Child With "Bruising"

December 1, 2007
Greg Wallace, DO

Volume 6, Issue 12

A 23-month-old Hispanic boy was brought to an emergency department (ED) with ear pain and fever. The family had no other expressed concerns. Physical examination revealed inflammation of 1 tympanic membrane. The child had a temperature of 38.4°C (101.2°F).

 

A 23-month-old Hispanic boy was brought to an emergency department (ED) with ear pain and fever. The family had no other expressed concerns. Physical examination revealed inflammation of 1 tympanic membrane. The child had a temperature of 38.4°C (101.2°F).

On closer examination, the child had skin discoloration on the chest that looked like bruising. The findings from the remainder of the examination were normal, and there were no other indications of possible abuse. The family could offer no explanation for the bruising. The mother was certain that the discoloration had not been present when she took the child outside to play earlier in the day.

Results of a complete blood cell count, prothrombin time, and partial thromboplastin time were all within normal limits. Child Protective Services was notified of possible nonaccidental injury, and the child was referred to an advocacy center for consultation. The child was seen in consultation within 24 hours of the ED visit.

Do you suspect abuse or a medical cause?

(Answer and discussion on next page.)

Answer: Phytophotodermatitis

On close questioning, the child's mother volunteered that she had been preparing a meal with fresh limes on the day of the ED visit. She recalled that while cooking, she had repeatedly picked up her child without washing her hands and was certain that the child's bare skin had been touched in the process. This detail coupled with the results of the child's physical examination led to a diagnosis of phytophotodermatitis (PPD). The family was cleared of allegations of abuse.

The term "phytophotodermatitis" was first used to describe this condition in 1942 by Dr Robert Klaber.1 Much of what is still considered to be fact about this condition was written in his article. Dermatitis from plant material had been described for many years, but the connection with light--specifically UV light--had not been made. Klaber reviewed a number of case reports and clinical studies to describe the spectrum of the disorder.

Psoralen (from the furocoumarin family) in combination with UV light in the 320- to 380-nm range is the chemical photosensitizer responsible for PPD.2 Cell death and inhibition of mitosis are caused by the cross-linking of DNA with psoralen. Psoralen is present in a number of ordinary foods and in a variety of weeds and grasses that are common in urban areas (Table).3 Cooks, grocers, and gardeners are prone to PPD. There are case reports of PPD caused by airborne plant particulate matter from lawn tools.4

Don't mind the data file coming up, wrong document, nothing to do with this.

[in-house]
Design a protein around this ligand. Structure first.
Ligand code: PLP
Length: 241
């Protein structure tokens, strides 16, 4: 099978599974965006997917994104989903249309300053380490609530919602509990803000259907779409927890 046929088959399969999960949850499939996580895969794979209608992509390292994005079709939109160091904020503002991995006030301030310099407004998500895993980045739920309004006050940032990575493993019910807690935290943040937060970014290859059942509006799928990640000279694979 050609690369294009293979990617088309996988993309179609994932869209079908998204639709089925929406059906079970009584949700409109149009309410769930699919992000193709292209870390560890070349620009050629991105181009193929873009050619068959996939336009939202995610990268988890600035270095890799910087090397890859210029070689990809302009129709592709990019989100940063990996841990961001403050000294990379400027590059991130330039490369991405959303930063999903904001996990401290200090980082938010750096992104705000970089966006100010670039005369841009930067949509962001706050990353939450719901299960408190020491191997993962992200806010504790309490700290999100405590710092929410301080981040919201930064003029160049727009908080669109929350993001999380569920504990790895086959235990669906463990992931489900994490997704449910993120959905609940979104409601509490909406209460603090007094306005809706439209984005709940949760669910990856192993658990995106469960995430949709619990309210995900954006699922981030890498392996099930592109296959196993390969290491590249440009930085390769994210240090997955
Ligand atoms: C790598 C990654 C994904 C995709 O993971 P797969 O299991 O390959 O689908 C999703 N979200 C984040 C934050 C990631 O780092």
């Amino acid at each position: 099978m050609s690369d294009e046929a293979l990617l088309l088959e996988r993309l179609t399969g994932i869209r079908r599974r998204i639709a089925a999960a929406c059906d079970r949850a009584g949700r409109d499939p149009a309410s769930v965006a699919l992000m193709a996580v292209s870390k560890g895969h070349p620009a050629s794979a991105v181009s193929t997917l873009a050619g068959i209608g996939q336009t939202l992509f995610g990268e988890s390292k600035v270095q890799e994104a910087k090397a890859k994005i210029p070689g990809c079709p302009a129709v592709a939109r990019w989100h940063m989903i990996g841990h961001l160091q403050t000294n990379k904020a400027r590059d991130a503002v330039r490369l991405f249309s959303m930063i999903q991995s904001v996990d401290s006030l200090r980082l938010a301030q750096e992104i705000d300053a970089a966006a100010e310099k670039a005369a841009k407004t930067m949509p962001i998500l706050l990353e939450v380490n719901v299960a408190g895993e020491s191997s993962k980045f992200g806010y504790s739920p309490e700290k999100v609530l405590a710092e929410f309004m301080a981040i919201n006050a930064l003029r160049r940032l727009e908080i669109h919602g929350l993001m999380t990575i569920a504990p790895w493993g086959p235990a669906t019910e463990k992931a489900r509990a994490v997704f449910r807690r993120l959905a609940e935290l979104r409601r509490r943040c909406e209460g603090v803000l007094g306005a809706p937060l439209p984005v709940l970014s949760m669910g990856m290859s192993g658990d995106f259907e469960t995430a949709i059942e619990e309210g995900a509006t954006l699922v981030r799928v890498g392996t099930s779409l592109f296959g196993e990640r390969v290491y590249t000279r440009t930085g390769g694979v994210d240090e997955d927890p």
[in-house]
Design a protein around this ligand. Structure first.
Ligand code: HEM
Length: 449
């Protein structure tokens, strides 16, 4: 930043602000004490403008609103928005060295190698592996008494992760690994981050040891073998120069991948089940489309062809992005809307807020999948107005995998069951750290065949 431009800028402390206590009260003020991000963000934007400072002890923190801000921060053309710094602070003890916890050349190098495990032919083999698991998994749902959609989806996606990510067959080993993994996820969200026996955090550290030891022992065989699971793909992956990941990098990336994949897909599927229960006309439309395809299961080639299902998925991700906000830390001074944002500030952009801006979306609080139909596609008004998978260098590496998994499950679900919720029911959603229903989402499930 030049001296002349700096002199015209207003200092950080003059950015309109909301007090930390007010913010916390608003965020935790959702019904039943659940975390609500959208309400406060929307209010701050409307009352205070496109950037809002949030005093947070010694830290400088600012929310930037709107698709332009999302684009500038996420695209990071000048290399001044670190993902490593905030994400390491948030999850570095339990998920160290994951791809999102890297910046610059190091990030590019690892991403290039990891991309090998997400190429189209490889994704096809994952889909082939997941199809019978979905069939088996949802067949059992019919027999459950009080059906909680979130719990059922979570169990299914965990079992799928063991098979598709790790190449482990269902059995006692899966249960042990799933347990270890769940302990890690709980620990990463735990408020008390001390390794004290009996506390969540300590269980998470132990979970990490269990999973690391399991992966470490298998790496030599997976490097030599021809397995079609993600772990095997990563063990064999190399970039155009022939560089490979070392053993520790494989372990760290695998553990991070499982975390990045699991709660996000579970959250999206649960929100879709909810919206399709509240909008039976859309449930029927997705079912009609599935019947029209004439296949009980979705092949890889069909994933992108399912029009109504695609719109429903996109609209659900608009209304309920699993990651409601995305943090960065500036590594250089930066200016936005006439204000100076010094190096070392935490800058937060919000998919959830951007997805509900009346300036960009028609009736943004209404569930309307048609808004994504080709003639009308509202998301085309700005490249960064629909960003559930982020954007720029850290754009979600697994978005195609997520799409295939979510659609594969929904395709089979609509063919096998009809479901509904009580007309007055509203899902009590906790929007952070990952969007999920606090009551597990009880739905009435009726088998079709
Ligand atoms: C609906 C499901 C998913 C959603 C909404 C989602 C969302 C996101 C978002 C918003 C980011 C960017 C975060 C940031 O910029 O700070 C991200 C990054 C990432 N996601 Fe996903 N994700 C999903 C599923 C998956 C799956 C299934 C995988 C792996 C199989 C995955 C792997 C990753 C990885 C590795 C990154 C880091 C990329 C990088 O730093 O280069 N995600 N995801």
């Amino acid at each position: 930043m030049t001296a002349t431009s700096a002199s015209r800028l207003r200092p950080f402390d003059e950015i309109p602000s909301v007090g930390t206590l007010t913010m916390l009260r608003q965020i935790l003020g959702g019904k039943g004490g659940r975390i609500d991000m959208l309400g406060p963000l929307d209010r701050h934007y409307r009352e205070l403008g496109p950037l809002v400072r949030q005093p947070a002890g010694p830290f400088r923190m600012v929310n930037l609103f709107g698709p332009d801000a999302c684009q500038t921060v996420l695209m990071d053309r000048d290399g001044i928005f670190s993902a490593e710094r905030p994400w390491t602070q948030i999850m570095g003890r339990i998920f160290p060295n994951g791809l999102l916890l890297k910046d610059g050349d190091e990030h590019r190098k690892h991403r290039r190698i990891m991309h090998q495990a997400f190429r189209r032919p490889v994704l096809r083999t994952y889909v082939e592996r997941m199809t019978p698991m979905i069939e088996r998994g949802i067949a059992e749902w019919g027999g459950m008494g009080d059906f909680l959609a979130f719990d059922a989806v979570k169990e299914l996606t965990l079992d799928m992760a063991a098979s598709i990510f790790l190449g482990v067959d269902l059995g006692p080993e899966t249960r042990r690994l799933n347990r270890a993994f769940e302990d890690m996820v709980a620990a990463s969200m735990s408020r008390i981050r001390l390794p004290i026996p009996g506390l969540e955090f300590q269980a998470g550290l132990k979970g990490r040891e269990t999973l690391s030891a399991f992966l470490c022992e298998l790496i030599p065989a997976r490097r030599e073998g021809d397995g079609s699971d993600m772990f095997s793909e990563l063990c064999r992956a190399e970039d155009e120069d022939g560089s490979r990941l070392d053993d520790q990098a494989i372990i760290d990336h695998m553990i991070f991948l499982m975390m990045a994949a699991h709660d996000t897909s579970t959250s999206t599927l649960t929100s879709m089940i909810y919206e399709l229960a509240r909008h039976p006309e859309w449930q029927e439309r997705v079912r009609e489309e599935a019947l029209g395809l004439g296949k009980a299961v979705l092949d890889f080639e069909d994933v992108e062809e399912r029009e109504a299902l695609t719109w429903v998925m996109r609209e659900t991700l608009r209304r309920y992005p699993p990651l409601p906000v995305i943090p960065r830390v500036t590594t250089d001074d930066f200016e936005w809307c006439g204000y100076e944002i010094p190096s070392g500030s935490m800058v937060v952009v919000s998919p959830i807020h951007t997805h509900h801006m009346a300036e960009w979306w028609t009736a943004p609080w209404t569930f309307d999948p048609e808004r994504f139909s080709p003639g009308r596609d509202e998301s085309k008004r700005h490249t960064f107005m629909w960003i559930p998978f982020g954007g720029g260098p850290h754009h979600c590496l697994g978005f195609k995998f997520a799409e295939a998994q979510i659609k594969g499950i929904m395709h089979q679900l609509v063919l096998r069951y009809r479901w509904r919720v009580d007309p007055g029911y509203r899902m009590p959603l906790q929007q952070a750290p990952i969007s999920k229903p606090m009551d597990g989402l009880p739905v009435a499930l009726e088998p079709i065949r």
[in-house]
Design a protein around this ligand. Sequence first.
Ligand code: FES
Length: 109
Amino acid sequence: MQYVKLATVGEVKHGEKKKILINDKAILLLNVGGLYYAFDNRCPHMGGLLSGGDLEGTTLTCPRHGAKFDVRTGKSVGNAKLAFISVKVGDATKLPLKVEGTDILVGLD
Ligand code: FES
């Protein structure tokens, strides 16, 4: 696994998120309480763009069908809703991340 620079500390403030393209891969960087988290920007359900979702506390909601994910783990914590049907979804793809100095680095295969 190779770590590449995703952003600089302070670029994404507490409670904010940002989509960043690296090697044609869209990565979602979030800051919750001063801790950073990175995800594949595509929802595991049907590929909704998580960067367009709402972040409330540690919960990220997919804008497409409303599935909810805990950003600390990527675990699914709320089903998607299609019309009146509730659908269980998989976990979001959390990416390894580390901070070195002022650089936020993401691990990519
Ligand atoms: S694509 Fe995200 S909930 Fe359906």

PPD occurs more frequently in the late summer when doses of UV light are high. The heat and humidity of summer months also accentuate the reaction. Typically, the onset of symptoms is within 24 to 48 hours after exposure. The first signs may be painful erythema and local edema. Other reactions may start with hyperpigmentation. More intense reactions may progress to blisters and ultimately to bullae. The degree of reaction is thought to be dose-related and dependent on a patient's skin pigmentation. Persons with light skin are more vulnerable to PPD.

PPD may last weeks to months in certain patients. In some, permanent scarring results. Treatment should be tailored to the intensity of the dermatitis. Patients with mild to moderate symptoms may benefit from high-potency topical corticosteroids. Those with severe manifestations are treated with systemic corticosteroids. For hyperpigmentation, no treatment is necessary, even if it persists for months.

THE KEY POINTS

While this patient's case was straightforward once all the facts were exposed, it illuminates the following key points:

•PPD can be initiated by a vast number of activities and exposures. Children have possible multiple exposures to psoralen on any given day.

•Abuse can often be included in the differential diagnosis in children who present to the ED. Thus, clinicians need to be aware of the conditions that mimic abuse.5,6 PPD can be included in any differential diagnosis in patients who present with burns or bruising.

This patient's case also points out the need for emergent/emergency referral resources to limit the disruption of daily family life by unfounded referrals.7,8 *

References:

REFERENCES:

1.

Klaber R. Phytophotodermatitis.

Br J Dermatol.

1942;54:193-211.

2.

Hipkin CR. Phytophotodermatitis, a botanical view.

Lancet.

1991;338:892-893.

3.

Photosensitivity and photoreactions. In: Hurwitz S, ed.

Clinical Pediatric Dermatology. A Textbook of Skin Disorders of Childhood and Adolescence.

2nd ed. Philadelphia: Saunders; 1993:89-90.

4.

Oakley AM, Ive FA, Harrison MA. String trimmer's dermatitis.

J Soc Occup Med.

1986;36:143-144.

5.

Hill PF, Pickford M, Parkhouse N. Phytophotodermatitis mimicking child abuse.

J R Soc Med.

1997;90:560-561.

6.

Klaber RE. Phytophotodermatitis.

Arch Dis Child.

2006;91:385.

7.

Wallace GH, Makoroff KL, Malott HA, Shapiro RA. Hospital-based multidisciplinary teams can prevent unnecessary child abuse reports and out-of-home placements.

Child Abuse Negl.

2007;31:623-629.

8.

Botash AS, Sveen AR, Frasier LD. Possible burns in 2 children.

Consultant For Pediatricians.

2003;2:334-337.